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The history of books starts with the development of writing, and various other inventions such as paper and printing, and continues through to the modern day business of book printing.The earliest history of books actually predates what would conventionally be called "books" today and begins with tablets, scrolls, and sheets of Papyrus.My aunt just finished the Nalini Singhs and my cousin is all up to date and I've manged to hold her off with Meljean Brook. So I was wondering if you could give recommendations along certain lines. She's not really into romance but she does love the Shelly Laurenston series and Ilona Andrews (she hit me on the head with a book after I told her the series wasn't done yet and she had to wait for the next one). My family loves strong heroines, humor, and good sex in our books.

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This presupposes a degree of organization with respect to books, consideration given to conservation, classification, etc.

and all the other titles that invariably pop up on 90s nostalgia pieces on Buzzfeed just went on and on? Most of them were acquired if not initially published by Poppy, a (currently sleepy) Hachette imprint dedicated to teen girl fiction. They’re only really just starting to form stronger bonds by the fourth book. The Writing Was Fabulous Like You Wouldn’t Even Believe.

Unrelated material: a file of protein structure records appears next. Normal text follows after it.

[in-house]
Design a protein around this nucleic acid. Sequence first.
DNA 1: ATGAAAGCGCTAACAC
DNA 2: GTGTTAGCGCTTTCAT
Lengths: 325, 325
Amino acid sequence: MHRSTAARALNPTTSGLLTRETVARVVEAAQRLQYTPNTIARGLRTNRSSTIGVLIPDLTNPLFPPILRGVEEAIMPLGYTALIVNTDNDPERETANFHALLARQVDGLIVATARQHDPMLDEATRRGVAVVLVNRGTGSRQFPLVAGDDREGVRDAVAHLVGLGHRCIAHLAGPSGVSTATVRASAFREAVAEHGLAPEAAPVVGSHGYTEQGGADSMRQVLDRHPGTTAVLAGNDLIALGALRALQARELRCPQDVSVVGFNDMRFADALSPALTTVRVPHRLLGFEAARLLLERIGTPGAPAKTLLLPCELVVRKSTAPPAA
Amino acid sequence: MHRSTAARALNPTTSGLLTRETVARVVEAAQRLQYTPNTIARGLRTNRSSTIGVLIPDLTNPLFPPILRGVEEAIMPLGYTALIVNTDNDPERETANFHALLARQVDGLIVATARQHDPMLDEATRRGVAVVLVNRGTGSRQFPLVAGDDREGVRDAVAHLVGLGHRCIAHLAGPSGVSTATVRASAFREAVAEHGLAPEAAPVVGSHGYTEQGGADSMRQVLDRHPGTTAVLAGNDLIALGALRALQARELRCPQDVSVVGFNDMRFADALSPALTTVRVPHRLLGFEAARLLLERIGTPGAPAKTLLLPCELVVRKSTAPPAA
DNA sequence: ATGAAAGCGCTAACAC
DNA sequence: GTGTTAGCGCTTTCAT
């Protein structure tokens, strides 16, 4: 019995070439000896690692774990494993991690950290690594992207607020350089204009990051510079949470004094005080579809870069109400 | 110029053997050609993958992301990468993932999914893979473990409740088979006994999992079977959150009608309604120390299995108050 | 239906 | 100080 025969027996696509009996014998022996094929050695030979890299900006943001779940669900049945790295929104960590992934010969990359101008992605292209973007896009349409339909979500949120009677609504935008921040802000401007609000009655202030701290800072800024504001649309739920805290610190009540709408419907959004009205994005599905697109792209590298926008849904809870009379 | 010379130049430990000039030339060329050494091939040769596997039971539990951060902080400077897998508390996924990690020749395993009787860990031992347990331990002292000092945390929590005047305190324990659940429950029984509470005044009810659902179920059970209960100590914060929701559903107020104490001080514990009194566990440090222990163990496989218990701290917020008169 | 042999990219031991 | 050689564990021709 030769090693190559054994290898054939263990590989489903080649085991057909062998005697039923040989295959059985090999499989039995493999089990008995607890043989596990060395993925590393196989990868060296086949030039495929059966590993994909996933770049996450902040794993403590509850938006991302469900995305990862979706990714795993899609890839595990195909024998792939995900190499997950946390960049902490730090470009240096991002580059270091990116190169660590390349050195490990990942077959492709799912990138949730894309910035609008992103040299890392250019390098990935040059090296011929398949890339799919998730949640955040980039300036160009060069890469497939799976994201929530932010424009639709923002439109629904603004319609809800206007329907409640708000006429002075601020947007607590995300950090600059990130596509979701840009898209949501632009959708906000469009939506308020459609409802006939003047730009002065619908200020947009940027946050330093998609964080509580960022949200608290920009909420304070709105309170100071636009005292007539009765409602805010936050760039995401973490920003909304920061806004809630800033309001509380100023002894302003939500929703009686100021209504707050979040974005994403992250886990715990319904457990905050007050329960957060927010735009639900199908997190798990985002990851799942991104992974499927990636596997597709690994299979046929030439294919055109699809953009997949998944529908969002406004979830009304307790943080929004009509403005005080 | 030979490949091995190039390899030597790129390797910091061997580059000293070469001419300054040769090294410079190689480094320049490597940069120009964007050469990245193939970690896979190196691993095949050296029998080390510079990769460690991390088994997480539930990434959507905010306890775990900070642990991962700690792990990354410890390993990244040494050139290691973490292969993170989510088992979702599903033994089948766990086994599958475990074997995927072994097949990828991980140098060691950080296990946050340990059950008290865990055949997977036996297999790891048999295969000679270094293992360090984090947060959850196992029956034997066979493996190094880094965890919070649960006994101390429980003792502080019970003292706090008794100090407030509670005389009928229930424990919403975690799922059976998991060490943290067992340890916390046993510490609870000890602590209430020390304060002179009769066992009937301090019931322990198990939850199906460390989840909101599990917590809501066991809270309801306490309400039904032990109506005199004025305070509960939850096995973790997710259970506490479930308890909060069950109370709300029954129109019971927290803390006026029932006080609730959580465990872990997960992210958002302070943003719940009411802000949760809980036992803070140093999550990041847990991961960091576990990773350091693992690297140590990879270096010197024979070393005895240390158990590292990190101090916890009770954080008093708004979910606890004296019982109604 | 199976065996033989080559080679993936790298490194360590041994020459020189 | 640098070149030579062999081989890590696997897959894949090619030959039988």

Remember how you made it through puberty before the final titles of those books came out? Then around mid-2010, all of Poppy’s ongoing series just seemed to kind of…fizzle out. So the thing a lot of the Poppy books had in common was that…they weren’t always that well-written. Despite the satirical tone of the books, the four main girls were actually wonderfully likeable and relatable.

She's looking to break into publishing, and one of her life's high points is John Green replying to her on Twitter on the subject of unicorns. I’m not ashamed to say that I ploughed through most of Poppy’s offerings like I was on the most sinful of sugar binges. The premise had slightly more of a point than ‘bored rich teenagers doing stuff and occasionally each other.’ Specifically: four very different girls are thrown together under duress and decide to start their own fashion label. Yes, it’s set in LA and three out of the four girls are uber-rich, but they don’t magically go from strangers to besties or immediately put together a flawless fashion show that earns them the respect and admiration of everyone in the biz.

Just like The Dude, her fave adult beverage is a White Russian. I it sounds like a platform for the kind of catty fodder of some lame reality show, okay? I mean, they’re not even super awesome BFFs by the end of the first book, or the second.

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